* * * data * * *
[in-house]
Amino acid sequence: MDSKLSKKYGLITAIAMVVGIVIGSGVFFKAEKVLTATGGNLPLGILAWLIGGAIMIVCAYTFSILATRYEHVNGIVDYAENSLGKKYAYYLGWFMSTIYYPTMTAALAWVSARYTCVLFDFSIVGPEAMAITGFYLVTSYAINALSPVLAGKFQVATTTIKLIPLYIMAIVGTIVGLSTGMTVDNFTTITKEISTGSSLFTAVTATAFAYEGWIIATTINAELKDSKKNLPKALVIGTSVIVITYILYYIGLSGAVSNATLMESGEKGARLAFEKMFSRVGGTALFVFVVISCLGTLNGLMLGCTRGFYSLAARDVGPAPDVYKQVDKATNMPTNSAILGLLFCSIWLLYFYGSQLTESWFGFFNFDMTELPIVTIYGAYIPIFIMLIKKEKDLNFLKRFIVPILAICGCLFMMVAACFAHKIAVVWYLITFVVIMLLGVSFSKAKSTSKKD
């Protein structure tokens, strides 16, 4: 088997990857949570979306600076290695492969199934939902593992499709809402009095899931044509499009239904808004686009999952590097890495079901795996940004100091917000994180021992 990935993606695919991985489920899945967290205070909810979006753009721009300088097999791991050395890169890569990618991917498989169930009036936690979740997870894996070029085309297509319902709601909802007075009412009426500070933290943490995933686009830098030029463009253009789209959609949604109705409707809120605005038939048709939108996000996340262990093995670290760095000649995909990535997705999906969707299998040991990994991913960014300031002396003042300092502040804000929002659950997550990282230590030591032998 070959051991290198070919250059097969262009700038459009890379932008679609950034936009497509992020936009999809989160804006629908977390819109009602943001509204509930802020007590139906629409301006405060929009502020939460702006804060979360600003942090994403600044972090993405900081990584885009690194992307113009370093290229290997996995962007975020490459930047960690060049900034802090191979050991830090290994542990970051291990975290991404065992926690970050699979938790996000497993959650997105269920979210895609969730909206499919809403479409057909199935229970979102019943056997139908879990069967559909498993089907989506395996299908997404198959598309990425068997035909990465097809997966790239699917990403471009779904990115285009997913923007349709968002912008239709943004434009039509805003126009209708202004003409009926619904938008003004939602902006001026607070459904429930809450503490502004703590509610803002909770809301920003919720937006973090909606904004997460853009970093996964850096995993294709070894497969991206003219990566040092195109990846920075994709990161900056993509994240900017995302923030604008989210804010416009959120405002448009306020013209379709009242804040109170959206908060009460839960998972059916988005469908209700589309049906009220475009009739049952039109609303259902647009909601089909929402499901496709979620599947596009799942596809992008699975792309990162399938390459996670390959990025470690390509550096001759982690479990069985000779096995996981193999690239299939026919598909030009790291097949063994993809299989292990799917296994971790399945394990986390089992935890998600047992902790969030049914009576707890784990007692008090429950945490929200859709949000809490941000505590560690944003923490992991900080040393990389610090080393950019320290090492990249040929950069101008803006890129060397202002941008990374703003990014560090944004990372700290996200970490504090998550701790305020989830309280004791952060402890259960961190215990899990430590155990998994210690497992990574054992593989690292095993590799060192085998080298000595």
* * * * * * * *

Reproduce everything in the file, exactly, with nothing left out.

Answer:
[in-house]
Amino acid sequence: MDSKLSKKYGLITAIAMVVGIVIGSGVFFKAEKVLTATGGNLPLGILAWLIGGAIMIVCAYTFSILATRYEHVNGIVDYAENSLGKKYAYYLGWFMSTIYYPTMTAALAWVSARYTCVLFDFSIVGPEAMAITGFYLVTSYAINALSPVLAGKFQVATTTIKLIPLYIMAIVGTIVGLSTGMTVDNFTTITKEISTGSSLFTAVTATAFAYEGWIIATTINAELKDSKKNLPKALVIGTSVIVITYILYYIGLSGAVSNATLMESGEKGARLAFEKMFSRVGGTALFVFVVISCLGTLNGLMLGCTRGFYSLAARDVGPAPDVYKQVDKATNMPTNSAILGLLFCSIWLLYFYGSQLTESWFGFFNFDMTELPIVTIYGAYIPIFIMLIKKEKDLNFLKRFIVPILAICGCLFMMVAACFAHKIAVVWYLITFVVIMLLGVSFSKAKSTSKKD
């Protein structure tokens, strides 16, 4: 088997990857949570979306600076290695492969199934939902593992499709809402009095899931044509499009239904808004686009999952590097890495079901795996940004100091917000994180021992 990935993606695919991985489920899945967290205070909810979006753009721009300088097999791991050395890169890569990618991917498989169930009036936690979740997870894996070029085309297509319902709601909802007075009412009426500070933290943490995933686009830098030029463009253009789209959609949604109705409707809120605005038939048709939108996000996340262990093995670290760095000649995909990535997705999906969707299998040991990994991913960014300031002396003042300092502040804000929002659950997550990282230590030591032998 070959051991290198070919250059097969262009700038459009890379932008679609950034936009497509992020936009999809989160804006629908977390819109009602943001509204509930802020007590139906629409301006405060929009502020939460702006804060979360600003942090994403600044972090993405900081990584885009690194992307113009370093290229290997996995962007975020490459930047960690060049900034802090191979050991830090290994542990970051291990975290991404065992926690970050699979938790996000497993959650997105269920979210895609969730909206499919809403479409057909199935229970979102019943056997139908879990069967559909498993089907989506395996299908997404198959598309990425068997035909990465097809997966790239699917990403471009779904990115285009997913923007349709968002912008239709943004434009039509805003126009209708202004003409009926619904938008003004939602902006001026607070459904429930809450503490502004703590509610803002909770809301920003919720937006973090909606904004997460853009970093996964850096995993294709070894497969991206003219990566040092195109990846920075994709990161900056993509994240900017995302923030604008989210804010416009959120405002448009306020013209379709009242804040109170959206908060009460839960998972059916988005469908209700589309049906009220475009009739049952039109609303259902647009909601089909929402499901496709979620599947596009799942596809992008699975792309990162399938390459996670390959990025470690390509550096001759982690479990069985000779096995996981193999690239299939026919598909030009790291097949063994993809299989292990799917296994971790399945394990986390089992935890998600047992902790969030049914009576707890784990007692008090429950945490929200859709949000809490941000505590560690944003923490992991900080040393990389610090080393950019320290090492990249040929950069101008803006890129060397202002941008990374703003990014560090944004990372700290996200970490504090998550701790305020989830309280004791952060402890259960961190215990899990430590155990998994210690497992990574054992593989690292095993590799060192085998080298000595």